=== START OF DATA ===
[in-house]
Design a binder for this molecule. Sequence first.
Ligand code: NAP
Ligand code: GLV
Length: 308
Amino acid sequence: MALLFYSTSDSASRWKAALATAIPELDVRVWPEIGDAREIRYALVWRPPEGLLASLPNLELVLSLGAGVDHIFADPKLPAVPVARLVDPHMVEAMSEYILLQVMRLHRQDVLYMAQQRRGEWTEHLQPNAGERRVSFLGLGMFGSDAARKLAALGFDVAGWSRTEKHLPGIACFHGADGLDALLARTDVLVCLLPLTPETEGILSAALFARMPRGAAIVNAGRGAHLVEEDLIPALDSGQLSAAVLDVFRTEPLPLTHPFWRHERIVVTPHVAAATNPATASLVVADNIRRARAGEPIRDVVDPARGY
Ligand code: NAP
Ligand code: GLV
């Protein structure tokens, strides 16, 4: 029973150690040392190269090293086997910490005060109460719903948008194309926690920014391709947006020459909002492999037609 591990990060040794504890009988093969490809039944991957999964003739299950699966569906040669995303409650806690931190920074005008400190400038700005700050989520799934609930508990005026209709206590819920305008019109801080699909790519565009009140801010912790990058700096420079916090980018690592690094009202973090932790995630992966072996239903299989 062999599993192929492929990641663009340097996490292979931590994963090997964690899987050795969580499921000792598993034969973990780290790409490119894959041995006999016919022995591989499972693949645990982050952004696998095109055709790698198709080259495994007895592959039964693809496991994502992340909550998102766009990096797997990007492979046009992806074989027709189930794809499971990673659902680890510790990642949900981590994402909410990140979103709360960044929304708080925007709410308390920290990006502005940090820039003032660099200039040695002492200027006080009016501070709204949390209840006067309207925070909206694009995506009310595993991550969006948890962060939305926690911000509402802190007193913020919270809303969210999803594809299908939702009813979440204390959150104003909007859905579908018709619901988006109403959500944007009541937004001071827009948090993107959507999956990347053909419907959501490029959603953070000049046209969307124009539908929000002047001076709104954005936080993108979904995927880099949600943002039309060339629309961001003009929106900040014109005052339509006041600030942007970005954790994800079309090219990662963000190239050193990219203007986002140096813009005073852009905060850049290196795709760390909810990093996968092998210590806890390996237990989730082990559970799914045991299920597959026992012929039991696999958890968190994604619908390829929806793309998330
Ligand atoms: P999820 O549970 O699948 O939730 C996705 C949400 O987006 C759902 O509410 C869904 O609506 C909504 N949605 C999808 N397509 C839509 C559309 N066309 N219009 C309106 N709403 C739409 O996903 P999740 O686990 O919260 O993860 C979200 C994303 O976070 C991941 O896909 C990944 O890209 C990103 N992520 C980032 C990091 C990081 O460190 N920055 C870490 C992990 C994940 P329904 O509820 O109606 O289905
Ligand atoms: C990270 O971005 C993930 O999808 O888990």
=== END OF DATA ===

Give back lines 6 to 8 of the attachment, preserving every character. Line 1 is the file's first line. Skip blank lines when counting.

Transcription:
Amino acid sequence: MALLFYSTSDSASRWKAALATAIPELDVRVWPEIGDAREIRYALVWRPPEGLLASLPNLELVLSLGAGVDHIFADPKLPAVPVARLVDPHMVEAMSEYILLQVMRLHRQDVLYMAQQRRGEWTEHLQPNAGERRVSFLGLGMFGSDAARKLAALGFDVAGWSRTEKHLPGIACFHGADGLDALLARTDVLVCLLPLTPETEGILSAALFARMPRGAAIVNAGRGAHLVEEDLIPALDSGQLSAAVLDVFRTEPLPLTHPFWRHERIVVTPHVAAATNPATASLVVADNIRRARAGEPIRDVVDPARGY
Ligand code: NAP
Ligand code: GLV